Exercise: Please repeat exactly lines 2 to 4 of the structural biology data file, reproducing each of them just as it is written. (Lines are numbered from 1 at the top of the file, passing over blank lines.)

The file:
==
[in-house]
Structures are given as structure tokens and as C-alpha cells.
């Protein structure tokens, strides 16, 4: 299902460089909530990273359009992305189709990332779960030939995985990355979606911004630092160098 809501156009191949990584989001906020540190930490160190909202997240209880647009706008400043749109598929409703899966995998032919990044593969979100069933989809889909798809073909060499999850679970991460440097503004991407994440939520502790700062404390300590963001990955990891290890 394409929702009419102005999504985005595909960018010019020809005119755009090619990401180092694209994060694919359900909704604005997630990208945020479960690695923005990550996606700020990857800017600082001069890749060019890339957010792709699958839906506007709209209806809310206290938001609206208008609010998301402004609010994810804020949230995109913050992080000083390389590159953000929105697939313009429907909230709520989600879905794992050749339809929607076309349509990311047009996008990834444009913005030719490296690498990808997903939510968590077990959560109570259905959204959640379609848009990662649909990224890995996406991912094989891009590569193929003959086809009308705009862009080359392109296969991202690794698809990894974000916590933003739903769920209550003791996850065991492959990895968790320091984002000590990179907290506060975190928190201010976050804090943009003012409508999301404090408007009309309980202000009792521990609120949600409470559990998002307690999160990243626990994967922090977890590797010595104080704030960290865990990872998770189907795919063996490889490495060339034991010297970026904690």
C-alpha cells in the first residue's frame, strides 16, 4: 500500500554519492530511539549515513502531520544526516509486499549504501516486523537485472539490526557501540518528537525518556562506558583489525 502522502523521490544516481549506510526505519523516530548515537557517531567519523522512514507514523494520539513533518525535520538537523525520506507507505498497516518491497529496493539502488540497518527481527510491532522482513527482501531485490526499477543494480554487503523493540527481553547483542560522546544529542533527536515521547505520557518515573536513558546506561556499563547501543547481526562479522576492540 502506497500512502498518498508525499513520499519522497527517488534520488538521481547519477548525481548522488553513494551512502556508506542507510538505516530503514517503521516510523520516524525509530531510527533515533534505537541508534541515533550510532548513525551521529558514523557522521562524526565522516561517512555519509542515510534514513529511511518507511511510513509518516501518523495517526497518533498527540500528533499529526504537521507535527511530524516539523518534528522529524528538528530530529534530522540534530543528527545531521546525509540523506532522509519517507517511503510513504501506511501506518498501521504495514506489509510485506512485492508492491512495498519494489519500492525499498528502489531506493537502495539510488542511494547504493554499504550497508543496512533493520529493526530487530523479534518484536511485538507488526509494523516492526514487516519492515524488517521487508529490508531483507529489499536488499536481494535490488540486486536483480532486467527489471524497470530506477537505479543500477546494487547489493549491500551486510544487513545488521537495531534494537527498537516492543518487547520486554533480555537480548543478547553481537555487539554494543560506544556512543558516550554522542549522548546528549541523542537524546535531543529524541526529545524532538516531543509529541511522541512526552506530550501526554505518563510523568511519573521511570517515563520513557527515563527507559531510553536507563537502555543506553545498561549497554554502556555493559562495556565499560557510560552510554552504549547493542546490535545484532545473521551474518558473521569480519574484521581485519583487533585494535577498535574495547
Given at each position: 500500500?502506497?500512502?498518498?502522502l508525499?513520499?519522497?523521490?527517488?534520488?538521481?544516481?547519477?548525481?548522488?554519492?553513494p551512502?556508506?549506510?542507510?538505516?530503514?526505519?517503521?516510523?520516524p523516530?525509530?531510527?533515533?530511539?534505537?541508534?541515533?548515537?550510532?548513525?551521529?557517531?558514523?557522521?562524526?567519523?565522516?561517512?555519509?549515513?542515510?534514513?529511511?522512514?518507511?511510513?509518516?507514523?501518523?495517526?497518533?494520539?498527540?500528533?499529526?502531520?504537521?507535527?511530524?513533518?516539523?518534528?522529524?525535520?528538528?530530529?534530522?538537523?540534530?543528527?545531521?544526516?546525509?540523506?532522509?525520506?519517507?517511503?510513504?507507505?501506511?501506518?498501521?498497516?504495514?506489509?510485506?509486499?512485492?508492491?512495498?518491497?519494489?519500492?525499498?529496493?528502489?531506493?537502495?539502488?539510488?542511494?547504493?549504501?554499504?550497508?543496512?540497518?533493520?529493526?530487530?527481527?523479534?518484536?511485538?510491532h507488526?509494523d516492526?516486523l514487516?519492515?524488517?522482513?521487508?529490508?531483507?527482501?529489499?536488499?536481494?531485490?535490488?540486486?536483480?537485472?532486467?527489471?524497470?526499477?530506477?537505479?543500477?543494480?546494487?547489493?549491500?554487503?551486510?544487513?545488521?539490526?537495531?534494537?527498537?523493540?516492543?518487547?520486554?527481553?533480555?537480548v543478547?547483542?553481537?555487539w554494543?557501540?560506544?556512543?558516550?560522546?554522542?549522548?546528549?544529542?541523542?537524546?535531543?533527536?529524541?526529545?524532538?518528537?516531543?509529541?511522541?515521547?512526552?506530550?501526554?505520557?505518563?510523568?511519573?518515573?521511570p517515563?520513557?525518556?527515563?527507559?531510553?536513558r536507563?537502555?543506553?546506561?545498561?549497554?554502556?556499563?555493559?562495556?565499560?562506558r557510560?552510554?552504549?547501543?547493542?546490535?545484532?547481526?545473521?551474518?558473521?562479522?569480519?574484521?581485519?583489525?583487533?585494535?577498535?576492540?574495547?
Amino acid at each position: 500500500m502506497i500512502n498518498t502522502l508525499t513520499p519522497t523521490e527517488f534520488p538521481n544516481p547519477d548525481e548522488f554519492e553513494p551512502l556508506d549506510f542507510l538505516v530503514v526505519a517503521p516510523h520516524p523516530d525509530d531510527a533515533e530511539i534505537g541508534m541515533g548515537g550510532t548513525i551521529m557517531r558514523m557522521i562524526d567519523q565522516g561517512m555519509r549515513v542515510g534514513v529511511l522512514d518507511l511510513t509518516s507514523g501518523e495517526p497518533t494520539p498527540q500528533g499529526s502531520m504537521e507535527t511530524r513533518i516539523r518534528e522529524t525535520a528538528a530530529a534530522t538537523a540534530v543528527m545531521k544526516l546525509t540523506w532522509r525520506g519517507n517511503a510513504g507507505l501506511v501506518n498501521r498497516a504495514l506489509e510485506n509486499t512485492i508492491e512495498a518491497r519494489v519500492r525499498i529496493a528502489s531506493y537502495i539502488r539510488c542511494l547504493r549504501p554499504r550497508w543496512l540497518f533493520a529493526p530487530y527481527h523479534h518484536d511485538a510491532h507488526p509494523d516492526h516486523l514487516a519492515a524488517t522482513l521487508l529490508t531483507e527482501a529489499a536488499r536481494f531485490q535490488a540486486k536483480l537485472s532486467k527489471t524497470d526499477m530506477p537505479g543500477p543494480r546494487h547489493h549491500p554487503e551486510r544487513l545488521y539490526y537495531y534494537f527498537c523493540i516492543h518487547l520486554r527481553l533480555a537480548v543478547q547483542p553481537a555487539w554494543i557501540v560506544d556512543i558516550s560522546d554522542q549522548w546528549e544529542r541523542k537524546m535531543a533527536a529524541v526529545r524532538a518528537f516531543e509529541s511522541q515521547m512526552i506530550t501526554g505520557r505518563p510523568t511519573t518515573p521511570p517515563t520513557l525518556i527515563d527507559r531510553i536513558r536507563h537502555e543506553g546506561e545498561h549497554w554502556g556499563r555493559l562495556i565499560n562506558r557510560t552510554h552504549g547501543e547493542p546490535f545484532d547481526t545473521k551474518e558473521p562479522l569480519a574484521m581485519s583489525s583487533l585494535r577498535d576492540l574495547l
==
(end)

Structures are given as structure tokens and as C-alpha cells.
């Protein structure tokens, strides 16, 4: 299902460089909530990273359009992305189709990332779960030939995985990355979606911004630092160098 809501156009191949990584989001906020540190930490160190909202997240209880647009706008400043749109598929409703899966995998032919990044593969979100069933989809889909798809073909060499999850679970991460440097503004991407994440939520502790700062404390300590963001990955990891290890 394409929702009419102005999504985005595909960018010019020809005119755009090619990401180092694209994060694919359900909704604005997630990208945020479960690695923005990550996606700020990857800017600082001069890749060019890339957010792709699958839906506007709209209806809310206290938001609206208008609010998301402004609010994810804020949230995109913050992080000083390389590159953000929105697939313009429907909230709520989600879905794992050749339809929607076309349509990311047009996008990834444009913005030719490296690498990808997903939510968590077990959560109570259905959204959640379609848009990662649909990224890995996406991912094989891009590569193929003959086809009308705009862009080359392109296969991202690794698809990894974000916590933003739903769920209550003791996850065991492959990895968790320091984002000590990179907290506060975190928190201010976050804090943009003012409508999301404090408007009309309980202000009792521990609120949600409470559990998002307690999160990243626990994967922090977890590797010595104080704030960290865990990872998770189907795919063996490889490495060339034991010297970026904690």
C-alpha cells in the first residue's frame, strides 16, 4: 500500500554519492530511539549515513502531520544526516509486499549504501516486523537485472539490526557501540518528537525518556562506558583489525 502522502523521490544516481549506510526505519523516530548515537557517531567519523522512514507514523494520539513533518525535520538537523525520506507507505498497516518491497529496493539502488540497518527481527510491532522482513527482501531485490526499477543494480554487503523493540527481553547483542560522546544529542533527536515521547505520557518515573536513558546506561556499563547501543547481526562479522576492540 502506497500512502498518498508525499513520499519522497527517488534520488538521481547519477548525481548522488553513494551512502556508506542507510538505516530503514517503521516510523520516524525509530531510527533515533534505537541508534541515533550510532548513525551521529558514523557522521562524526565522516561517512555519509542515510534514513529511511518507511511510513509518516501518523495517526497518533498527540500528533499529526504537521507535527511530524516539523518534528522529524528538528530530529534530522540534530543528527545531521546525509540523506532522509519517507517511503510513504501506511501506518498501521504495514506489509510485506512485492508492491512495498519494489519500492525499498528502489531506493537502495539510488542511494547504493554499504550497508543496512533493520529493526530487530523479534518484536511485538507488526509494523516492526514487516519492515524488517521487508529490508531483507529489499536488499536481494535490488540486486536483480532486467527489471524497470530506477537505479543500477546494487547489493549491500551486510544487513545488521537495531534494537527498537516492543518487547520486554533480555537480548543478547553481537555487539554494543560506544556512543558516550554522542549522548546528549541523542537524546535531543529524541526529545524532538516531543509529541511522541512526552506530550501526554505518563510523568511519573521511570517515563520513557527515563527507559531510553536507563537502555543506553545498561549497554554502556555493559562495556565499560557510560552510554552504549547493542546490535545484532545473521551474518558473521569480519574484521581485519583487533585494535577498535574495547